SHAFAQNA – It’s ungrateful and disrespectful to cause harm in a country has given you safe passage – especially at a time of peace and reflection.
Enraged and disgusted are just some of the sentiments I felt reading how a refugeecamp was allegedly burned down by Muslims.
They did it, apparently, because they didn’t get an early enough Ramadan breakfast wake-up call.
I am left shocked and in disbelief at the hypocrisy of those who call themselves Muslims. How can anyone set fire to a camp which is home to the vulnerable and displaced?
And how ungrateful and disrespectful to cause damage and harm in Germany, a country which has kindly given you refuge and safe passage. But to cause arson in the Muslim calendar’s holiest month is beyond comprehension.
There will be many trying to reason why the fire was started, “well it’s hard… they were hungry and not thinking straight…” and the appalling act will be justified. But this is criminal behaviour and those responsible should be brought to justice.
Growing up, I remember my parents telling me Ramadan is a time of peace, meditation and reflection. Muslims refrain from eating food, drinking, smoking, and engaging in sexual relations. They are also instructed to refrain from sinful behaviour such insulting, cursing and lying.
My parents also focused on those less fortunate than ourselves. My mum would invite non-Muslim neighbours round after the fast broke to share food and we would always give money to charity. Although fasting is incredibly hard, for me and my family it was a time which pulled us together and helped us be grateful for what we had.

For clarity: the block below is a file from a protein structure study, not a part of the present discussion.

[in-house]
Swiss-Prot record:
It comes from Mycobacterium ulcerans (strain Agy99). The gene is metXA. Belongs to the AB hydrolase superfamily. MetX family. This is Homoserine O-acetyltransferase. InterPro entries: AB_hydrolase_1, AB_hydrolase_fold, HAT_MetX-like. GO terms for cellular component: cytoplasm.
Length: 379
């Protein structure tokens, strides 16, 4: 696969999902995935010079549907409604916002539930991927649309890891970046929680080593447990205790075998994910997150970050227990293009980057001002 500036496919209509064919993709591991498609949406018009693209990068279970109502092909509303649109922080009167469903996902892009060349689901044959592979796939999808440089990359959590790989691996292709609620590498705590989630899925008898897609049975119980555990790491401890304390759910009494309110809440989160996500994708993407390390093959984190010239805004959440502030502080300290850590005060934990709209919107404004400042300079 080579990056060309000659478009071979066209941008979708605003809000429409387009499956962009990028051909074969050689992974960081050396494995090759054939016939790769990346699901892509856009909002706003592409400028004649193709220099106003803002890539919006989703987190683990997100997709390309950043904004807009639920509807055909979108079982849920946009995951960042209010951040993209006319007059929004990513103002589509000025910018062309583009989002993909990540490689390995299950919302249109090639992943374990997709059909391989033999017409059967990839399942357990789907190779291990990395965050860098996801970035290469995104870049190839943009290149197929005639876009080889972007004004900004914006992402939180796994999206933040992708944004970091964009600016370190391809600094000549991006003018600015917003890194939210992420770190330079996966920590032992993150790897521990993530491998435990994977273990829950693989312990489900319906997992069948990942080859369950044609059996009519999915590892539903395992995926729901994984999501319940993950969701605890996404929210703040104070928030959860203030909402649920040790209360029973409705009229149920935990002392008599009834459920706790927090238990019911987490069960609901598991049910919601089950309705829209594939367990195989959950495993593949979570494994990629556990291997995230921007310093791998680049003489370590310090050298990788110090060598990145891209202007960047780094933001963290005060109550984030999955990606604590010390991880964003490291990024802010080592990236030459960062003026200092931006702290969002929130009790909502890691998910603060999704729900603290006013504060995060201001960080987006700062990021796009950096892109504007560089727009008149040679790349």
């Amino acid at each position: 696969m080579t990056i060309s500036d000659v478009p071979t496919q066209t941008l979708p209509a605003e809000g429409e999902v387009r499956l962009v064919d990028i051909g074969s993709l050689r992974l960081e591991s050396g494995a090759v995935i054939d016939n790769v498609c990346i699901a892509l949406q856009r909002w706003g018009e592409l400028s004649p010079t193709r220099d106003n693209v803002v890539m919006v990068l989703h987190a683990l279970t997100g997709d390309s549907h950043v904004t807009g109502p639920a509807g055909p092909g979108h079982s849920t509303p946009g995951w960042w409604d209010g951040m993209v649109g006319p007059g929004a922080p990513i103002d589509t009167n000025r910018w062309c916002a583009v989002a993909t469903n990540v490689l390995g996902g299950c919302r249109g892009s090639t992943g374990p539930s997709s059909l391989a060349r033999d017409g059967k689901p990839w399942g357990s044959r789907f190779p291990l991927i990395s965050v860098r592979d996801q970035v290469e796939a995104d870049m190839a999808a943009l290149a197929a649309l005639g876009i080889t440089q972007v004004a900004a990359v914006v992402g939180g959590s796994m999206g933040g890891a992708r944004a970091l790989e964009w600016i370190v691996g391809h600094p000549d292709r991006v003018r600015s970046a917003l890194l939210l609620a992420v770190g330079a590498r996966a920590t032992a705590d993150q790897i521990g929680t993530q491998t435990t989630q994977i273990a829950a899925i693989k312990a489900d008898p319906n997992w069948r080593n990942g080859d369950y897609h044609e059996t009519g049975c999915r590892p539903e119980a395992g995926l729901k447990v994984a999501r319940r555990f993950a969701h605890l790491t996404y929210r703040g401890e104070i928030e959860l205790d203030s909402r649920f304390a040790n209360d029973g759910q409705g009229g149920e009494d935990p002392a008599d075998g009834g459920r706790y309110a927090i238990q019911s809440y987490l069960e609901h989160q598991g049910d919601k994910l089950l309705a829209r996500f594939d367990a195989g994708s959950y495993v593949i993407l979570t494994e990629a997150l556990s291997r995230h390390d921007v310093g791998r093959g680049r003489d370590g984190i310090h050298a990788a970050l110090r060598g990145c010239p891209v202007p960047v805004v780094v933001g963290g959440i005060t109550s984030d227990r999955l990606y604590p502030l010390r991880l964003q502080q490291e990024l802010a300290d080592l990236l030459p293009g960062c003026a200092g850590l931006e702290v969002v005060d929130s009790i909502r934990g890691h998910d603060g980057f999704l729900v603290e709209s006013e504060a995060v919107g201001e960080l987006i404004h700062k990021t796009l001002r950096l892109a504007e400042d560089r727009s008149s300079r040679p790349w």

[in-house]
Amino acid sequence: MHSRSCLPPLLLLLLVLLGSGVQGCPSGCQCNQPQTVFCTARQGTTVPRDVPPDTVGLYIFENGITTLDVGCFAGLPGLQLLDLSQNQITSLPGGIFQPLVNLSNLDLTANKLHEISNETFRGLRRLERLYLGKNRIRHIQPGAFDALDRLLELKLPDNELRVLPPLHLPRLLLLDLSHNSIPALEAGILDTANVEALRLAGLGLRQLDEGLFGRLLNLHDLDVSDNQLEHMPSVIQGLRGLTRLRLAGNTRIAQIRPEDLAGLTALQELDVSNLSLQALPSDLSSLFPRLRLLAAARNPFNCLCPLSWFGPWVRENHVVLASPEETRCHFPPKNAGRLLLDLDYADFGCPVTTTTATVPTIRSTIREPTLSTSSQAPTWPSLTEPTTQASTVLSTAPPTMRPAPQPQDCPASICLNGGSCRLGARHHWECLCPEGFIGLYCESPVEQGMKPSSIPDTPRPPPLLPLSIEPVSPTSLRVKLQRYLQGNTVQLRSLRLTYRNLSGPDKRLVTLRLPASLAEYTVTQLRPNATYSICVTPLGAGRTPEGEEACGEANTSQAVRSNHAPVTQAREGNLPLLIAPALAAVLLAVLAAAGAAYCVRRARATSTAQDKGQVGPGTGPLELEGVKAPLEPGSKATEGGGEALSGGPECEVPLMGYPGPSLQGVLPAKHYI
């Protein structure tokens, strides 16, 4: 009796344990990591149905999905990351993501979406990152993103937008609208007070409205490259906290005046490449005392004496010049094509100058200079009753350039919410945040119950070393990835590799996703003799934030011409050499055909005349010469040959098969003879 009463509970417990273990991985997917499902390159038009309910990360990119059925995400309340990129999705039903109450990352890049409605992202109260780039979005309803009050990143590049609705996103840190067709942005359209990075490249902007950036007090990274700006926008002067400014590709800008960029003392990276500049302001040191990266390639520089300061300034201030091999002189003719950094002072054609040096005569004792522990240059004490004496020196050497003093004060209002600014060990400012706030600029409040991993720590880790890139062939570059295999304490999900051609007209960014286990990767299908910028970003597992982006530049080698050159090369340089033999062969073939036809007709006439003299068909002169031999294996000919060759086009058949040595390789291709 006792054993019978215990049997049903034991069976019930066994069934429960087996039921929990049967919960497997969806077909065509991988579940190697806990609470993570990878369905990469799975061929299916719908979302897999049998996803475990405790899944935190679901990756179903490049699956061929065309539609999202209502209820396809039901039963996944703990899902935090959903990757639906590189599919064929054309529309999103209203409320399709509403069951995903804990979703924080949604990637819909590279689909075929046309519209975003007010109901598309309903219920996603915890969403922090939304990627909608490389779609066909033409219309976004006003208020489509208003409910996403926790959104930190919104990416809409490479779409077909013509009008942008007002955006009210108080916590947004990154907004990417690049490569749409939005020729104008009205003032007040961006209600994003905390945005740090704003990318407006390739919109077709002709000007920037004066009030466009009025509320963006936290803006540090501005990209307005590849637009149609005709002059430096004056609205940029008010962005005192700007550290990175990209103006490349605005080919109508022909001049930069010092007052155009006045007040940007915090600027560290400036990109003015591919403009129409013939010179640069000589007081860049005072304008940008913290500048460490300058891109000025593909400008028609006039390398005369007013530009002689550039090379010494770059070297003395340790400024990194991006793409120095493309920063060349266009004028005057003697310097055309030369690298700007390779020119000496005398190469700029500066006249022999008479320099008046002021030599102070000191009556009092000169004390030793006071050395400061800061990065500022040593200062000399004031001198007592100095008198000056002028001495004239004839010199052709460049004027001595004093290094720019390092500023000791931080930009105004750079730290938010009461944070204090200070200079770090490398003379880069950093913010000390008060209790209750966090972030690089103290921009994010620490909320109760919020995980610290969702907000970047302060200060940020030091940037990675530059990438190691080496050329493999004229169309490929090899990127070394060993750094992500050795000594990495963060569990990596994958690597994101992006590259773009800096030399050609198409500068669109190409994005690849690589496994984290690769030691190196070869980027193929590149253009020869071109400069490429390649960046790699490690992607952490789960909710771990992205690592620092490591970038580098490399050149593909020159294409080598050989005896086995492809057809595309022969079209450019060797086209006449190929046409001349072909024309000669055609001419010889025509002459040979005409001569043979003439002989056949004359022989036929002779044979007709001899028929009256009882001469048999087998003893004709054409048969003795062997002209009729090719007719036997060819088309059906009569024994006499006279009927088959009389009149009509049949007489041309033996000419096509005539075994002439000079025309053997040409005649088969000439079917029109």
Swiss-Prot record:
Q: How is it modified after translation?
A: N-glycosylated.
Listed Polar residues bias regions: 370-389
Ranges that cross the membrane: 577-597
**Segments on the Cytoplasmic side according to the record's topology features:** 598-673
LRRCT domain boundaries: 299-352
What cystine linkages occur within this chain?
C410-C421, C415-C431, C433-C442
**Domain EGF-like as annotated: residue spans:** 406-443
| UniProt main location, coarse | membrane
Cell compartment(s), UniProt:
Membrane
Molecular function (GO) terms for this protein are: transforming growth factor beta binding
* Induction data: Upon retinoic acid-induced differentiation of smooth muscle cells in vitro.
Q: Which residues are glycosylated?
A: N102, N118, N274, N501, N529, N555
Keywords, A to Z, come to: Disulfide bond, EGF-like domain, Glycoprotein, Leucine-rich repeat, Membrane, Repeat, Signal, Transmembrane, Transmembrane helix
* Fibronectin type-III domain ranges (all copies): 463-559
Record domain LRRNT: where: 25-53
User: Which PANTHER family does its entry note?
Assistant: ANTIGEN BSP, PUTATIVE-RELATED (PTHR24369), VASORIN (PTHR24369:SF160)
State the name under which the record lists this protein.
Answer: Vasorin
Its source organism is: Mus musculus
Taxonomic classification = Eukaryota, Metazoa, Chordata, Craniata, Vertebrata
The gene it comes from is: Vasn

So I was dismayed at being trolled last week by certain Muslims after I wished people fasting “Mubarak” (congratulations) because I am not fasting. I got the usual “well you’re not a proper Muslim’ and “you are a disgrace… I hope you can explain to Allah why you are such a wimp”.
These were the so called “Muslims” who were fasting and felt the need to lash out, judge, and condemn someone who had decided not to.
It goes against all Ramadan stands for.
But at least I have the balls to admit I’m not up to fasting and not stuffing a McDonald’s down my throat when someone is not looking or trying to cause an act of violence in a migrant camp. For me, my religion sets a code of behaviour that does not cause harm to others.
I’m not perfect, but I know I am a good person and I help others when and where I can.
I am always accused by other Muslims of being simplistic and naive about the complexities of what is going on around the Muslim world.
But I disagree.
For me during this holy month of Ramadan the message to all Muslims is very clear – use this time to be good, kind, nice, charitable, and peaceful.
And, above all, be grateful for your life and the hospitality of others.
By Saira Khan – The views expressed here are the author’s own and do not necessarily reflet that of Shafaqna’s.